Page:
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The impetus for a march on Washington developed over a long period of time, and earlier efforts to organize such a demonstration included the March on Washington Movement of the 1940s. Philip Randolph—the president of the Brotherhood of Sleeping Car Porters, president of the Negro American Labor Council, Randolph and Rustin continued to organize around the idea of a mass march on Washington.They envisioned several large marches during the 1940s, but all were called off (despite criticism from Rustin).However, the meeting also provoked the Kennedy administration to take action on the civil rights for African-Americans. Kennedy gave his famous civil rights address on national television and radio, announcing that he would begin to push for civil rights legislation—the law which eventually became the Civil Rights Act of 1964.That night, Mississippi activist Medgar Evers was murdered in his own driveway, further escalating national tension around the issue of racial inequality. Philip Randolph and Bayard Rustin began planning the march in December 1961.Some called for a complete shutdown of the city through civil disobedience.Others argued that the movement should remain nationwide in scope, rather than focus its energies on the nation's capital. Kennedy invited African-American novelist James Baldwin, along with a large group of cultural leaders, to a meeting in New York to discuss race relations.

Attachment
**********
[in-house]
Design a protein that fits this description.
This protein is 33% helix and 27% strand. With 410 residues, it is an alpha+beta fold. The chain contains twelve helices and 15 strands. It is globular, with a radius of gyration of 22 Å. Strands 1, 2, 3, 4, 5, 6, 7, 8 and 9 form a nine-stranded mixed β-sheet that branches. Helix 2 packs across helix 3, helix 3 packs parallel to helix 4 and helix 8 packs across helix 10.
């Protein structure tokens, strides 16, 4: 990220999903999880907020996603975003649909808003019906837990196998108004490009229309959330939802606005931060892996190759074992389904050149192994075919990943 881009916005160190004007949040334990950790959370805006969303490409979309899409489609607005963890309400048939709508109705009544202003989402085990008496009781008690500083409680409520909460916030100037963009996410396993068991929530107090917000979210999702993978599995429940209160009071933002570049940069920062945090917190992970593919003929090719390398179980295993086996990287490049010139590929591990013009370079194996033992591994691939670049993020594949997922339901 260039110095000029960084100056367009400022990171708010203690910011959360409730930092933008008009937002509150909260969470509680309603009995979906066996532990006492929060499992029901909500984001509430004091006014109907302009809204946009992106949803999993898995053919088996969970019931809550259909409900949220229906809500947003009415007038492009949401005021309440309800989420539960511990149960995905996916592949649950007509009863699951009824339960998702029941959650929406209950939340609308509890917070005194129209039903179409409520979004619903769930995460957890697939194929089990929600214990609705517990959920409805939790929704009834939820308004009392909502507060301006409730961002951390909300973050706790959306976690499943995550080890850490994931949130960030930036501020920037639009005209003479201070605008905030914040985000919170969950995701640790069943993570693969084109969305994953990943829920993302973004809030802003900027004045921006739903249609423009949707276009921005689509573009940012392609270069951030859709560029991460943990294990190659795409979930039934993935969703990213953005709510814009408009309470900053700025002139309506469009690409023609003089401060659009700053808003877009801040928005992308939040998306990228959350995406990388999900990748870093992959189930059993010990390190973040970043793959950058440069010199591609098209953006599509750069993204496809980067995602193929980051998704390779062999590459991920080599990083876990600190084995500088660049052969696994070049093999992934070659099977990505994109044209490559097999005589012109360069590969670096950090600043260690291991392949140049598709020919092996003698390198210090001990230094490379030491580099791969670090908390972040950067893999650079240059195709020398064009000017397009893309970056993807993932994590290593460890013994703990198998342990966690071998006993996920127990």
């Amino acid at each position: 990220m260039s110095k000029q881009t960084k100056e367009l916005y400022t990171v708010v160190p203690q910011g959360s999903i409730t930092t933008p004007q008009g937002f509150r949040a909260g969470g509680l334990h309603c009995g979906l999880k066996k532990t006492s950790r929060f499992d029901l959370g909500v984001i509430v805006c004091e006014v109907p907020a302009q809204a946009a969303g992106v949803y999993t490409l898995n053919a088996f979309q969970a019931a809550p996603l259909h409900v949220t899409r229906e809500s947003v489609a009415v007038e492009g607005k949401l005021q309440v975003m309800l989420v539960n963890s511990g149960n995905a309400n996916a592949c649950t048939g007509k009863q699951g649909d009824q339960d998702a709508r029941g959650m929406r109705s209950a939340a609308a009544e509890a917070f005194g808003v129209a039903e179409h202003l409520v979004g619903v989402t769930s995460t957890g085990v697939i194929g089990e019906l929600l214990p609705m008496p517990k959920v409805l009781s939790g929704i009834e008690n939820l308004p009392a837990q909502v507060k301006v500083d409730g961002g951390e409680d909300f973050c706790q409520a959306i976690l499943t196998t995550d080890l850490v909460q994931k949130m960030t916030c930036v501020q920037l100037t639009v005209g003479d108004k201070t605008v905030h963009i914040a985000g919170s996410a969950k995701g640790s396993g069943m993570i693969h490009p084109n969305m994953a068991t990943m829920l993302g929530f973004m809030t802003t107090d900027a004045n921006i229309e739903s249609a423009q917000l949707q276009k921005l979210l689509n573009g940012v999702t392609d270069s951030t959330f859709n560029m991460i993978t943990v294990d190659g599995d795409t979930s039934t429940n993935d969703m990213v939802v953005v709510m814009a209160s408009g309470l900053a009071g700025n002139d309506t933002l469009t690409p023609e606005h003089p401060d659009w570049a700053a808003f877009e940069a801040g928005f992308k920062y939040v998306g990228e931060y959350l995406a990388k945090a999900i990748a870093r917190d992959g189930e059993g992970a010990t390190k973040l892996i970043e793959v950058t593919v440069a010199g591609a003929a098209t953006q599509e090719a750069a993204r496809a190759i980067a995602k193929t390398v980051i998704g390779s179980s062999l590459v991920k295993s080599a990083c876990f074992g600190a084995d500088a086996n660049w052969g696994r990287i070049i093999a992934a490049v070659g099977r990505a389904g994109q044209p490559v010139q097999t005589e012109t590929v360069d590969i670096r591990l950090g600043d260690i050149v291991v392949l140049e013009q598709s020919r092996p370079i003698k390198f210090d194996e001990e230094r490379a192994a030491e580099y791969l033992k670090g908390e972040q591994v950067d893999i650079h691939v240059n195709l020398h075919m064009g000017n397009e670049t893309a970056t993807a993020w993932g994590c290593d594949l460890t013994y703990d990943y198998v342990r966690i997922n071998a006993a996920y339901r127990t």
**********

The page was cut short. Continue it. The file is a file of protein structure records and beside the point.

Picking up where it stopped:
Members of The National Association for the Advancement of Colored People (NAACP), and the Southern Christian Leadership Conference put aside their differences and came together for the march.

Britain's American colonies broke with the mother country in 1776 and were recognized as the new nation of the United States of America following the Treaty of Paris in 1783.

During the 19th and 20th centuries, 37 new states were added to the original 13 as the nation expanded across the North American continent and acquired a number of overseas possessions.

Together, the Big Six plus four became known as the "Big Ten." On June 22, the organizers met with President Kennedy, who warned against creating "an atmosphere of intimidation" by bringing a large crowd to Washington.

The civil rights activists insisted on holding the march.

The two most traumatic experiences in the nation's history were the Civil War (1861-65) and the Great Depression of the 1930s.